The country sojourn introduces more of the excellent support cast including Subbaraju as Sandhya’s brother Ashok and Brahmanandam in amusing form as an inept local cop. I loved that this song is essentially a tirade against the greedy and cowardly policeman Paparayudu, accompanied by uninhibited dancing and some jiggly-bellied tiger men.

Ashok is a protective brother, henpecked yet determined to remain a bachelor, and no match for the smooth townie Jai or for local rowdies. He is frantic when Sandya comes home unannounced as he knows troubles from the past will be stirred up again and he wants to keep her safe.

Subbaraju gets to show off a bit more of his acting range than normal, and when he isn’t beating up baddies he has some fun scenes with the women of the household. Ashok and the rest of the family are vivid characters and very much part of Sandhya’s life.  Back in town, Chotu (Ali) was in trouble and believe it or not, I was sad to see his predicament. Despite these being small roles, the details are nicely drawn and the actors all deliver good performances. That kind of attention and care makes Panjaa quite satisfying viewing.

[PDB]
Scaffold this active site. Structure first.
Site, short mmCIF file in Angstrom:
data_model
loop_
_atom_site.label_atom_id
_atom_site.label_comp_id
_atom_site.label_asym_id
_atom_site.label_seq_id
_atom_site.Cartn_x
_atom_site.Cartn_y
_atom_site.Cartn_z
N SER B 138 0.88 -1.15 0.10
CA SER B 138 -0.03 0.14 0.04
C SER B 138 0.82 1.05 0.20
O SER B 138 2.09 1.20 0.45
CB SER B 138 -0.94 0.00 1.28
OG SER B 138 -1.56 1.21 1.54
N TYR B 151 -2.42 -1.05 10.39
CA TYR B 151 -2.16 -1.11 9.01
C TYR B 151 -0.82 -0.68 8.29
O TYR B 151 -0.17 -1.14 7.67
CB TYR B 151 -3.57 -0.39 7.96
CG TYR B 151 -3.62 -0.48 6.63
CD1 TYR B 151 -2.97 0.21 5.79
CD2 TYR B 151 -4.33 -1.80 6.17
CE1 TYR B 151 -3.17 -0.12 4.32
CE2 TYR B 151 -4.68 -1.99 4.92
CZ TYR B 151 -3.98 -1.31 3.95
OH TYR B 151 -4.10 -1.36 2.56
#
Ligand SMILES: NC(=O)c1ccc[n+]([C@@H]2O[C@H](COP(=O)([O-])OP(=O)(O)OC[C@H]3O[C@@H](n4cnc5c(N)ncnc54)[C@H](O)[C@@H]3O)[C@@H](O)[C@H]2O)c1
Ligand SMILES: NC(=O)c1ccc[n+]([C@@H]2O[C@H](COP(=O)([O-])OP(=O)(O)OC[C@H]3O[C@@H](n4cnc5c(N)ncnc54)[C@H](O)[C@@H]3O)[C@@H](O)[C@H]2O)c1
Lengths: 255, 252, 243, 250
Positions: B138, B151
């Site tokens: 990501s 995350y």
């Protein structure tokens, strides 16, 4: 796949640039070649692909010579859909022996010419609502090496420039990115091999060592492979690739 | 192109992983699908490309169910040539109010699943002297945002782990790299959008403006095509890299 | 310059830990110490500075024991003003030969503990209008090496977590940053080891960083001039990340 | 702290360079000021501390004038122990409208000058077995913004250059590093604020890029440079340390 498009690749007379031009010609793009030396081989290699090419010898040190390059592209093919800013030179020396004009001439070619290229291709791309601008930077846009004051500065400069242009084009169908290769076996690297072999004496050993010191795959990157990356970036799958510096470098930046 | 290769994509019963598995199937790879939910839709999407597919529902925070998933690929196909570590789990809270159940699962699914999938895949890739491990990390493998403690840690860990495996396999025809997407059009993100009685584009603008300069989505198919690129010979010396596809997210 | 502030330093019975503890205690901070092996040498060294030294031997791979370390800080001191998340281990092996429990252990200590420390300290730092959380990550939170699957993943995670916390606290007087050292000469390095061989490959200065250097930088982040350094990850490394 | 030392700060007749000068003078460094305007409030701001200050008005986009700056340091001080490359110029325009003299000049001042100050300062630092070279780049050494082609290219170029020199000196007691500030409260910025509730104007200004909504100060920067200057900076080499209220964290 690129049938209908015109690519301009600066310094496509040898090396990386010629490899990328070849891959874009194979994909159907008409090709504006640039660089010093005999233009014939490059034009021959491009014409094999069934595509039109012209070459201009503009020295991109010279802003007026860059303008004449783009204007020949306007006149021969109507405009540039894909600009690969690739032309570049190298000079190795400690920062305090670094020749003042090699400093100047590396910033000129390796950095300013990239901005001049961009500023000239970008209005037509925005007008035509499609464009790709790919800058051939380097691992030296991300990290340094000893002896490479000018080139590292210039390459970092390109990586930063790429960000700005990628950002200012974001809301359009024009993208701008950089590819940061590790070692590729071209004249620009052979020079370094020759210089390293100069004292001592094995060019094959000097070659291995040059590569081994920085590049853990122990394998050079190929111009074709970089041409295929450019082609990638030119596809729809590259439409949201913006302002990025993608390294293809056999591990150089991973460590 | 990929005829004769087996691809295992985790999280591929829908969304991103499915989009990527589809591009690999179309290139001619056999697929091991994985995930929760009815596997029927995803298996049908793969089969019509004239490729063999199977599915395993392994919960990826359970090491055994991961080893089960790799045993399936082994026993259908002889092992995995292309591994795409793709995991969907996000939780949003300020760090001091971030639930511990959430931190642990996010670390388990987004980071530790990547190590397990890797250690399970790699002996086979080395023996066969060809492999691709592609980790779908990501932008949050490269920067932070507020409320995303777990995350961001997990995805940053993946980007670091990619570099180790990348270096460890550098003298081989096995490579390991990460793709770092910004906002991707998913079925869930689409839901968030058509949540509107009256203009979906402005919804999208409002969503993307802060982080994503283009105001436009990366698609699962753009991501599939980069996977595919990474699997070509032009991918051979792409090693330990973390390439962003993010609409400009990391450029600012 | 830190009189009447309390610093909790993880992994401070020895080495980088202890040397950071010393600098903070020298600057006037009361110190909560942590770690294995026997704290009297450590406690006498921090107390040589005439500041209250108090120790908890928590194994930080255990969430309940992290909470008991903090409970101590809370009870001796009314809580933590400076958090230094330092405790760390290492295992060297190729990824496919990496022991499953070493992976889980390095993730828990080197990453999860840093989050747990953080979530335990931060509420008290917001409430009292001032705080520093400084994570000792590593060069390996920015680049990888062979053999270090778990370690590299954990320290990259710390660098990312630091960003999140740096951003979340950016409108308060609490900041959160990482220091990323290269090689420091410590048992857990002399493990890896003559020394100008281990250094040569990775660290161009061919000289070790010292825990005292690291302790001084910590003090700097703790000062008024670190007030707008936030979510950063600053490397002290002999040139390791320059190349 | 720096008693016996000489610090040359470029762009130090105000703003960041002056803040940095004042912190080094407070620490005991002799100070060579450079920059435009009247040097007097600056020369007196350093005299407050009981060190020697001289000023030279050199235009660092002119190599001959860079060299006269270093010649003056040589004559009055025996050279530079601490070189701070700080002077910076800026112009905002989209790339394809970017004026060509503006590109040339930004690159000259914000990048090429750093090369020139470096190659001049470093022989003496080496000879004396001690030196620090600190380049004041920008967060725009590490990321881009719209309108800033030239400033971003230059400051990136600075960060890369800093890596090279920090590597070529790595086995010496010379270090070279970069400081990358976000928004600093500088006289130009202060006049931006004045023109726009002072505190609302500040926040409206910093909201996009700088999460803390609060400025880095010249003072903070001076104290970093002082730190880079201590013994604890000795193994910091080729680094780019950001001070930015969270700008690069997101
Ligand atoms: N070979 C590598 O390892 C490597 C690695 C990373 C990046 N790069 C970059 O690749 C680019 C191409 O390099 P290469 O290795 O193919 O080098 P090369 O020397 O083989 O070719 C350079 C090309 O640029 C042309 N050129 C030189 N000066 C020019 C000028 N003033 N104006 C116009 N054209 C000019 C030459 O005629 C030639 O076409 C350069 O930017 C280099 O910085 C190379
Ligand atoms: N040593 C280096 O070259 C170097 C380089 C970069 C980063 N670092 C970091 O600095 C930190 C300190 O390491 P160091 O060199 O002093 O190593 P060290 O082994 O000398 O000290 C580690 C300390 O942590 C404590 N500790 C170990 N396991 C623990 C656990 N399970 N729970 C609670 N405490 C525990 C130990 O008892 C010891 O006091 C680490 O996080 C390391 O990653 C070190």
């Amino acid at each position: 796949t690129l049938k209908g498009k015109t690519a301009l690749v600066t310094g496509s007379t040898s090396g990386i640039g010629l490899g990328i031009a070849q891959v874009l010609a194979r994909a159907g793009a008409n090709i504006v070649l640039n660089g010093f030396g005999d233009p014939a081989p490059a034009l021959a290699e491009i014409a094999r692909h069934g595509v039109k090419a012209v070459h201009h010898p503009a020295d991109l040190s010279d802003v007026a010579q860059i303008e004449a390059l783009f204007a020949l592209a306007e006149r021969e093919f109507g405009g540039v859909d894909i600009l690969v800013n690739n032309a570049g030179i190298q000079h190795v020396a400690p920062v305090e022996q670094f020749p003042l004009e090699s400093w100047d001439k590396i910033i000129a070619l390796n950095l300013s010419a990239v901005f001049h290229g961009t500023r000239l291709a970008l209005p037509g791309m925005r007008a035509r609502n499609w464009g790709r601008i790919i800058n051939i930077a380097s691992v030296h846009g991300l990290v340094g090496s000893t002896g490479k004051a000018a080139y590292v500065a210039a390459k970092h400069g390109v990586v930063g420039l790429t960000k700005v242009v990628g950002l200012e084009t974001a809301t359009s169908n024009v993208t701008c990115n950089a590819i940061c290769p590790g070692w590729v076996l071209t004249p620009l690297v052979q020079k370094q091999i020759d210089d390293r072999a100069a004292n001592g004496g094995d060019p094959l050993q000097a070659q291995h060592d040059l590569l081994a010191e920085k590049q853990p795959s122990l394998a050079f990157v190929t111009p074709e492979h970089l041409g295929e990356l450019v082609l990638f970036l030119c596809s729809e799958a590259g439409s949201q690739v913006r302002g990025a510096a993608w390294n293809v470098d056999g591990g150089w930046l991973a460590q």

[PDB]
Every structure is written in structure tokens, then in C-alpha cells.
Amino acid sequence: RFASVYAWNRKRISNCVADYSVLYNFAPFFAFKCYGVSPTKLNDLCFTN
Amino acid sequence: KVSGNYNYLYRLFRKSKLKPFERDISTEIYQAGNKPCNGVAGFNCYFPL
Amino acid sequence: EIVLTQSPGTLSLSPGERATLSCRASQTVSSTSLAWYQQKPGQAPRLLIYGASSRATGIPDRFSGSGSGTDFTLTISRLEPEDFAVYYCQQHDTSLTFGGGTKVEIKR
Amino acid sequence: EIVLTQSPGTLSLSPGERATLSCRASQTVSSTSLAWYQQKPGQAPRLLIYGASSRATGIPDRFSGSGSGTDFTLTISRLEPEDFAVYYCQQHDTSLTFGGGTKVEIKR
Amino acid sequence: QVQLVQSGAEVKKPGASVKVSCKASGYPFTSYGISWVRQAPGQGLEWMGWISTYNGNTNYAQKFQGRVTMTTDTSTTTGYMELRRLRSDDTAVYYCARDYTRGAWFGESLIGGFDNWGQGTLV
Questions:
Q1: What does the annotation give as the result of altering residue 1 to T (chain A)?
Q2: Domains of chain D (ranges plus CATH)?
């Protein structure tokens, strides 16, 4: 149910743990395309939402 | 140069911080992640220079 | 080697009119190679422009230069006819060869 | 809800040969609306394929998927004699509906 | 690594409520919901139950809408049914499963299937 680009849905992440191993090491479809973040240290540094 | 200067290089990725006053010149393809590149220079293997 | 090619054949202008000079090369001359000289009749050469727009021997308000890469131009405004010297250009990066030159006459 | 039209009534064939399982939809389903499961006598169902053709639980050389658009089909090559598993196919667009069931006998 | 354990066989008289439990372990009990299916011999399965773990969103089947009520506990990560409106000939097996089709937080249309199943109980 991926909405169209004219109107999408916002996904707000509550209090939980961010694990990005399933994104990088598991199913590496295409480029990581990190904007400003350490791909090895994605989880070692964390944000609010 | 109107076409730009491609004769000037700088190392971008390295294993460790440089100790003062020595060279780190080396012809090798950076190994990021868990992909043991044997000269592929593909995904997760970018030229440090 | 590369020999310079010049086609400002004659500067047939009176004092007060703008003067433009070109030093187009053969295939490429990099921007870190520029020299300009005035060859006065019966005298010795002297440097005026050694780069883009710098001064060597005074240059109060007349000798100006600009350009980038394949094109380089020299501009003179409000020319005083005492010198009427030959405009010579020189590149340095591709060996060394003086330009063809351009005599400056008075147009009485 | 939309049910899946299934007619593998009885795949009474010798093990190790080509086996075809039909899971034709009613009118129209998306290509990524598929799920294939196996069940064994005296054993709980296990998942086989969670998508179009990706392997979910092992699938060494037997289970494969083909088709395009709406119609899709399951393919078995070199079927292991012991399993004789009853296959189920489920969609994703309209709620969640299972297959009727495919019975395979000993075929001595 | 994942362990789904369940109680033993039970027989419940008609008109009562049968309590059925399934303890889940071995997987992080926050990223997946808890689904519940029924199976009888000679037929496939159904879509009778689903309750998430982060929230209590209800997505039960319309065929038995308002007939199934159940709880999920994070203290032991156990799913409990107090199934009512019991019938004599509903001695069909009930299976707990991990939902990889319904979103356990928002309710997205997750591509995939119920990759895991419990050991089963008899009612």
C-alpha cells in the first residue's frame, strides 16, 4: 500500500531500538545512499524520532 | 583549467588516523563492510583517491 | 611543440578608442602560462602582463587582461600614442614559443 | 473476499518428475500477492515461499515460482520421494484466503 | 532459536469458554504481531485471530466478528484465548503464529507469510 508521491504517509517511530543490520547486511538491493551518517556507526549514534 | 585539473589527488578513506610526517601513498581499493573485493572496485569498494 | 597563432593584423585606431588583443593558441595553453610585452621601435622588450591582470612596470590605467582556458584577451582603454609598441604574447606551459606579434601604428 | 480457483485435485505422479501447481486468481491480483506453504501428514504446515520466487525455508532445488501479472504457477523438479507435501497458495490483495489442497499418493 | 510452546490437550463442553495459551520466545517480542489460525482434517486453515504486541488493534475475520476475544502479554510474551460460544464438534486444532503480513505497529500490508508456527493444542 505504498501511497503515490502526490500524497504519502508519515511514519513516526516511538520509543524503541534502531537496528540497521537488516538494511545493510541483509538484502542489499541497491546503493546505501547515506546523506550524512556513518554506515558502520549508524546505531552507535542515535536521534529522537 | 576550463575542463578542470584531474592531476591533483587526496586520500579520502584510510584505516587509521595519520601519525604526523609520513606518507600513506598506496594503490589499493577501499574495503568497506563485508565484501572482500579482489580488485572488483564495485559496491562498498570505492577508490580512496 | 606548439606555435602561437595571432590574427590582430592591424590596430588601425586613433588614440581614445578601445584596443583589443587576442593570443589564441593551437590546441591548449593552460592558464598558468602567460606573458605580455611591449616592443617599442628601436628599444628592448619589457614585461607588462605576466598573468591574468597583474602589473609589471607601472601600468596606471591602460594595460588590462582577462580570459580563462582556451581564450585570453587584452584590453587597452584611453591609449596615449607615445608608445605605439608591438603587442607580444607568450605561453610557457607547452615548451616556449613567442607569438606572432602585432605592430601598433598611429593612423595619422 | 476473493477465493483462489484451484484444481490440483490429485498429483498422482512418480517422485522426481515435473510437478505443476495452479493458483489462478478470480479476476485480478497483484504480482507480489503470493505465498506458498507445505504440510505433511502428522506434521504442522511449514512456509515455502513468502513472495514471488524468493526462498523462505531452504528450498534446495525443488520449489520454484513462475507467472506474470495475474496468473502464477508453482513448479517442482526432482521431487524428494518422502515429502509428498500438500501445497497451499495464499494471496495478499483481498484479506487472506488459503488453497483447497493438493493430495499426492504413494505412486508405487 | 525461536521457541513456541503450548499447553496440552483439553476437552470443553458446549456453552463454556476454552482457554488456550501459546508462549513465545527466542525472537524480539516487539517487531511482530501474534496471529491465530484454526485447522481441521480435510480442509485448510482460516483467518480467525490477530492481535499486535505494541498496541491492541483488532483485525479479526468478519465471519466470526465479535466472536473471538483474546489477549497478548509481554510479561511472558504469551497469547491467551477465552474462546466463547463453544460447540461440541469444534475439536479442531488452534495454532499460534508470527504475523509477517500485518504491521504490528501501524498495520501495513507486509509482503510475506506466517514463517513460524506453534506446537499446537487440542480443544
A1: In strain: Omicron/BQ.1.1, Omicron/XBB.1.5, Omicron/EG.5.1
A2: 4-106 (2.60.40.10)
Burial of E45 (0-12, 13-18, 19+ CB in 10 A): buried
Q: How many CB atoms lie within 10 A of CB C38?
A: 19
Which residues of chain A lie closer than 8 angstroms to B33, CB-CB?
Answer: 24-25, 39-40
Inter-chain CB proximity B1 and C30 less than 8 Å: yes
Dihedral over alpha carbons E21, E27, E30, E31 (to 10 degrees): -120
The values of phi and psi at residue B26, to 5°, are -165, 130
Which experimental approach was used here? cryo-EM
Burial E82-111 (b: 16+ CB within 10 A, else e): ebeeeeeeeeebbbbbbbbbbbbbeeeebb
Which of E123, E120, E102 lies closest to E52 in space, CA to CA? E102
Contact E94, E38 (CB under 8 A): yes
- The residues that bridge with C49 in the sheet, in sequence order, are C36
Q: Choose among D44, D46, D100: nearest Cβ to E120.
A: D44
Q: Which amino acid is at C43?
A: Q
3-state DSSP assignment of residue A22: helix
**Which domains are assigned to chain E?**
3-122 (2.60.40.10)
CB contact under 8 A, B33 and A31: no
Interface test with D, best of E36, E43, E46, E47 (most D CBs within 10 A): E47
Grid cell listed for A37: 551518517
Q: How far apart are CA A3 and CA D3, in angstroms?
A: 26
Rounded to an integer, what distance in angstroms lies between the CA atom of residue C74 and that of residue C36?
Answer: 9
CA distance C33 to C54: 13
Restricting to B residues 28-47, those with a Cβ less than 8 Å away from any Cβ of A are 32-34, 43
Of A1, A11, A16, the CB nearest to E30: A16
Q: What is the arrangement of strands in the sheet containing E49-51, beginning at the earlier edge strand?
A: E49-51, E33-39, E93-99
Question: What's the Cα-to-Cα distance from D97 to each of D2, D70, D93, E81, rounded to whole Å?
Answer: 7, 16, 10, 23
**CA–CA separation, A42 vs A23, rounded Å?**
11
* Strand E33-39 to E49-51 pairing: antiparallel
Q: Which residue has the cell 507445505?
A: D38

The comedy is not too intrusive. Pawan Kalyan doesn’t mind playing for laughs and I really enjoyed the Mega Tribute as Jai was persuaded to pose with cut-outs for a photo. Brahmi and Ali are in character roles and their shtick is part of the story so it stays on track. The fight scenes orchestrated by Shyam Kaushal are brutal but not too bloody, and highlight Pawan Kalyan’s strengths. The editing and composition of the action sequences is top notch. Everything flows quite well and there is a consistent look and feel to the whole film.

There are some flaws. The romance between Jai and Sandhya is a bit laboured and she does far too much marvelling at blades of grass and cooing at flowers. The first half takes a while to go anywhere. ‘Paparayadu’ excepted, Pawan Kalyan looked a bit lacklustre in the dancing but the choreography wasn’t that exciting either. The soundtrack by Yuvan Shankar Raja is average and the song picturisations are quite predictable but don’t detract from the film. Overall, the positives greatly outweigh these niggles.

Panjaa is a well made thriller with good performances and a cohesive story. It’s not dazzling or wildly original, but I never found it dull. It’s a quality effort and well worth a watch, especially if you’re a fan of the genre. 3 ½ stars!